A Perfect Day for Bananafish

by: J. D. Salinger

Seymour Glass

Characters Seymour Glass

Seymour is an unrepentant outsider among his wife, his wife’s family, the guests at the Florida resort, and society in general. Intelligent but psychologically damaged from the war, he has lost his footing in accepted adult society and renounces this society in favor of poetry, music, and children. He is pale whereas the other guests are tan, and antisocial whereas the others enjoy mingling at cocktail parties and dinners. While Muriel socializes, Seymour plays the piano by himself or spends time with children at the beach. Always, he is apart from the crowd, moving through a world that is saturated more with yearned-for innocence than with adult realities. For much of the story, Seymour seems placid and quiet, a stark contrast to the unbalanced, erratic Seymour that Muriel and her mother discuss on the phone. His outsider status seems, if not “normal,” then at least harmless. However, when Seymour angrily accuses the woman in the elevator of looking at his feet, another side of him becomes clear. Ultimately, Seymour is unable to reconcile his outsider status with society and kills himself.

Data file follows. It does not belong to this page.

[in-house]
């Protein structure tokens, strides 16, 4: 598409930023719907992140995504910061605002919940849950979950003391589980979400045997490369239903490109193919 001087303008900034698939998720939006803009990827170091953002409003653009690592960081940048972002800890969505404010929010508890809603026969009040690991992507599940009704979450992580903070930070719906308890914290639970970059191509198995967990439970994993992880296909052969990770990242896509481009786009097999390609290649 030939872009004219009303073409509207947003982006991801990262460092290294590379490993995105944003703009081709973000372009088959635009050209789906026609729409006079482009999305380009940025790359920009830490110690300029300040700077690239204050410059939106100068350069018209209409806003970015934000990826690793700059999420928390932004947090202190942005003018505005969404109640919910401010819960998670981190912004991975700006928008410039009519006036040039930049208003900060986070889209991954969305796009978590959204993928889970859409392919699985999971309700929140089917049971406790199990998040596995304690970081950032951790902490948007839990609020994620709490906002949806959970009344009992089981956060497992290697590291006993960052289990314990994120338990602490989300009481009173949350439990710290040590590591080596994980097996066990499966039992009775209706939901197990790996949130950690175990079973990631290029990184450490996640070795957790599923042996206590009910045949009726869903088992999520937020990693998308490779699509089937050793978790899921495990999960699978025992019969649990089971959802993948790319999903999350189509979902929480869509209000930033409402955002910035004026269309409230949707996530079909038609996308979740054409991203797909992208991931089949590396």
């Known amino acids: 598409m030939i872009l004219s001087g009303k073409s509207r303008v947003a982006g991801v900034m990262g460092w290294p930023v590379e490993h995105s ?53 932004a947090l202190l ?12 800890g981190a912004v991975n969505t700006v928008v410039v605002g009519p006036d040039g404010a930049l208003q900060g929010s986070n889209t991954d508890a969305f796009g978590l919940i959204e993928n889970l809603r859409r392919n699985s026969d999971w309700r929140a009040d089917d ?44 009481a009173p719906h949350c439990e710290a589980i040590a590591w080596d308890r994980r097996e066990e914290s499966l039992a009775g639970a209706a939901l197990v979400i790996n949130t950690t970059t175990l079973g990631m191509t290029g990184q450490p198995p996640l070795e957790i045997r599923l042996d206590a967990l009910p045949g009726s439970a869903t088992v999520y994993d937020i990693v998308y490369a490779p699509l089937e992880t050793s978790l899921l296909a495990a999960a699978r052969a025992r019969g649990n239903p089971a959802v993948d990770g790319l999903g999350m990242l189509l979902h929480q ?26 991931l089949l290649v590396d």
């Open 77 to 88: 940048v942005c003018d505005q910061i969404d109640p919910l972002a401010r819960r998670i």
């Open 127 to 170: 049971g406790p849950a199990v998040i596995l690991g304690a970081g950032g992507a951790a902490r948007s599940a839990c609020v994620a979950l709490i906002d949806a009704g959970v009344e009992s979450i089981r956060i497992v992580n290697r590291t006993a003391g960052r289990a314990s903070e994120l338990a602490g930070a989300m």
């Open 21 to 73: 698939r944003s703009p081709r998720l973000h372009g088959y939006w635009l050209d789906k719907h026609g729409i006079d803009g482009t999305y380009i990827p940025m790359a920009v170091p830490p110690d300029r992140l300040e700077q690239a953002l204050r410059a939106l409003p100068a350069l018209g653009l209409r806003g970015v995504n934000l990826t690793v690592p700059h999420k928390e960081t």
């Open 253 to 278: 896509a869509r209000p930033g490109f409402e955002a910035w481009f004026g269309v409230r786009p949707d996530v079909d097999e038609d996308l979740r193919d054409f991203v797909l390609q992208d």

Although Seymour’s interactions with children, particularly Sybil, are rooted in his desire for a return to innocence, modern readers may find it difficult to ignore the uncomfortable sexual undertones. On the surface, Seymour’s actions are harmless, even childlike. For example, he plays with Sybil and talks to her in a silly, childlike way, and he allows Sharon Lipschutz to sit with him on the piano bench, as though they are both children retreating from the adults in the room. However, Seymour also disrobes in front of Sybil, which he will not do in front of Muriel. He is a lone, adult man playing with a child not his own while her mother is not around, touching her physically as he lifts her onto a raft and kisses her foot. He also spins the tale of the bananafish, which seem blatantly phallic. Nothing comes of this talk, and Seymour’s struggle to achieve a kind of new innocence ultimately renders his words harmless. But as the scene on the beach is followed by his violent outburst in the elevator and then his suicide, his actions and words take on a darker, more adult character, unfair and inaccurate as that characterization may be.